Duke defeats UNC 85-84 on Rivers' buzzer-beater

Duke's Rivers drowns Tar Heels with the last of six 3-pointers in his debut game against UNC.

acarter@newsobserver.comFebruary 9, 2012 

— There have been some wild, crazy endings to North Carolina-Duke games over the 233-game history of the rivalry, and Duke's 85-84 victory Wednesday night at the Smith Center will take its place as one of the craziest and most memorable of all - if not the most.

Tar Heels sophomore Harrison Barnes gave his team an 82-72 lead with 2 minutes, 38 seconds to play, and the game appeared over. Writers on press row went back to the media room to write their stories, the fans in attendance waited for the seconds to melt away, and even the Tar Heels themselves appeared content to go through the motions, too.

But it wasn't over.

Minutes later, after a furious rally that placed the result in doubt, Duke's Austin Rivers made a long 3-pointer from the right side as the final buzzer sounded. The shot gave the No. 10 Blue Devils an improbable victory, and they spilled from their bench and onto the court as people - fans, Tar Heels players, mostly everybody - sat in a stunned stupor.

"I can't explain it, man," Rivers said. "To play in this game, they have a great crowd, great tradition here. They had us down. I think, obviously, this is my favorite win I've ever had in my life."

Rivers, a freshman, finished with 29 points in his Duke-UNC debut, and his final 3 was the sixth one he made Wednesday night. As expected, Duke (20-4, 7-2 ACC) relied on the 3 early and often, and relied on it most of all in the final minutes.

The rally, one they'll be talking about for as long as they play these games, happened like this: Trailing by 10 with about two minutes to play, Duke went on a 10-2 run that cut No. 5 North Carolina's lead to 84-82 with 14 seconds to play.

Tyler Thornton and Seth Curry made 3s during that stretch, and North Carolina turned it over twice and missed two free throws. Ryan Kelly, meanwhile, made two shots, one of them a tipped-in air ball on a 3 that deflected off of Tyler Zeller's hand, off the backboard and through the basket.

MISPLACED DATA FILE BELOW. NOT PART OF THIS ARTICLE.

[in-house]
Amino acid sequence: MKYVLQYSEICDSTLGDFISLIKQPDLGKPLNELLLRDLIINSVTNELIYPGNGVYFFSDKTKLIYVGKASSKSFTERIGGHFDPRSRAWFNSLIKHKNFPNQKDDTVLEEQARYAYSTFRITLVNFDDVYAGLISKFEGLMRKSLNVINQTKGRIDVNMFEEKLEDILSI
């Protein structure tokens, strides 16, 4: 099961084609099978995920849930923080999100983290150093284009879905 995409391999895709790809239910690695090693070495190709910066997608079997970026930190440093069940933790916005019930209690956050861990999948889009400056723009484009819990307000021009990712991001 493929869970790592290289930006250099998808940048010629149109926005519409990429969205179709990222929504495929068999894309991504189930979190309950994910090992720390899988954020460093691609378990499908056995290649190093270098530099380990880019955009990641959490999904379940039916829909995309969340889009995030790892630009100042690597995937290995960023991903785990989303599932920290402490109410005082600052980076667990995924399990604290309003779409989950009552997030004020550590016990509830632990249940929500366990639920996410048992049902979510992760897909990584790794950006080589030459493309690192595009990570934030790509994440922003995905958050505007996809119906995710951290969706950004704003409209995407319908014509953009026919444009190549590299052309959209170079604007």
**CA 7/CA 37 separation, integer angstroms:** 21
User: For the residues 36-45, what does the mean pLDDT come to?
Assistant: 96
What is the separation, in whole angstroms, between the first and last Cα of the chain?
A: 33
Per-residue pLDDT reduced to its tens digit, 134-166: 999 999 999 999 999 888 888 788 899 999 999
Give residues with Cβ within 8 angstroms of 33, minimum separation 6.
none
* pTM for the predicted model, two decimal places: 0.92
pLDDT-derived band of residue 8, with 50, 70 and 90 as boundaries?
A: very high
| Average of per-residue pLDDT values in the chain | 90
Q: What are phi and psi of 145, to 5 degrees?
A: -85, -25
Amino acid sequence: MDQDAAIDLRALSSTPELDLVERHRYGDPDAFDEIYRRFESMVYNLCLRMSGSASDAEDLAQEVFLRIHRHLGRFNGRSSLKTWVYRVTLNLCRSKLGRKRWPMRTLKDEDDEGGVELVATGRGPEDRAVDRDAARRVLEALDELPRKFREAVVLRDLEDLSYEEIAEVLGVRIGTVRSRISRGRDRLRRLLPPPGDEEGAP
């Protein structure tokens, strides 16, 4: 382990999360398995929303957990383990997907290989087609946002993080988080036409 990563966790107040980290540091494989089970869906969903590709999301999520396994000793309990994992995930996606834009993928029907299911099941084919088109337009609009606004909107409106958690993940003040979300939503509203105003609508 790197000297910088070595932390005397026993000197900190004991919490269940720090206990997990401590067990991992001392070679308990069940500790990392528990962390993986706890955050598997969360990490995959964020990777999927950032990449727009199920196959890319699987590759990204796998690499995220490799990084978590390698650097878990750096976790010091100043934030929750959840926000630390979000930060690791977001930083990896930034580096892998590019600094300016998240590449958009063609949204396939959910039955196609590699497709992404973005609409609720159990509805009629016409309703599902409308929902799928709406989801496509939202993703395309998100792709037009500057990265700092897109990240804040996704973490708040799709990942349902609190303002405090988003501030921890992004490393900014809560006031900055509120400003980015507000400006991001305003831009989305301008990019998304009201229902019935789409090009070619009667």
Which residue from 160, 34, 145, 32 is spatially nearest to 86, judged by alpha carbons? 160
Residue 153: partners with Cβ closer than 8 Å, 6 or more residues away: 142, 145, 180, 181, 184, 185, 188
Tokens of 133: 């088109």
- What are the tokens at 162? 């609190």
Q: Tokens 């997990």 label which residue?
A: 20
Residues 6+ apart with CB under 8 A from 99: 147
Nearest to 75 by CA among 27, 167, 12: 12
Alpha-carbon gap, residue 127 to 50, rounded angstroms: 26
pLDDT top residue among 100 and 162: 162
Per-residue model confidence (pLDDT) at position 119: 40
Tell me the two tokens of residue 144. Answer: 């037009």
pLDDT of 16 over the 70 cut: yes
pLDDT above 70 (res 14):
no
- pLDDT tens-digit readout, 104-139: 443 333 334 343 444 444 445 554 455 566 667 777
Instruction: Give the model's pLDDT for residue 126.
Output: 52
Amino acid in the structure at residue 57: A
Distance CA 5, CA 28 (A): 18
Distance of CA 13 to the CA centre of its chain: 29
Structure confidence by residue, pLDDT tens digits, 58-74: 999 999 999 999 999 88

All the while, the sense of jubilation that had permeated the building most of the night left, replaced by a feeling of dread.

North Carolina coach Roy Williams said he'd never seen such a play as that one - one of his own players tipping in the shot of another team in the final moments of tight, tense game. But then again, Williams said, this was UNC-Duke.

"We had been closing games pretty well," Williams said. "But we didn't tonight."

After that strange deflected tip-in, Duke fouled Zeller again and, again, he made just one of two free throws. That set up Rivers' shot at the buzzer. He made it from a few feet behind the 3-point line, over Zeller.

North Carolina led by as many as 13 with 15:06 to play in the second half. At the same point in the first half Duke held its largest lead, by eight, but the Tar Heels controlled the end of the half and led 43-40 at halftime.

"We fought like crazy to stay close," Duke coach Mike Krzyzewski said. "And then in the last couple of minutes, we got hot."

Krzyzewski described it as a "storybook" ending and said, "for me, that's one of the best ones" in the history of the rivalry. Moments earlier, Williams had sat in the same chair, with tears welling in his eyes, trying to explain something he couldn't.

"This one hurts," he said.

Barnes, playing with an injured left ankle that had him limited throughout practice this week, finished with a team-high 25. He scored 19 in the second half. Zeller finished with 23 - 19 in the first half - and Kelly and Curry added 15 apiece for the Blue Devils.

North Carolina (20-4, 7-2) controlled the interior and Duke worked the perimeter. The Blue Devils attempted 36 3-pointers and made 14. The last one glided through the rim, passing through the net and into the lore and legend of this long rivalry.

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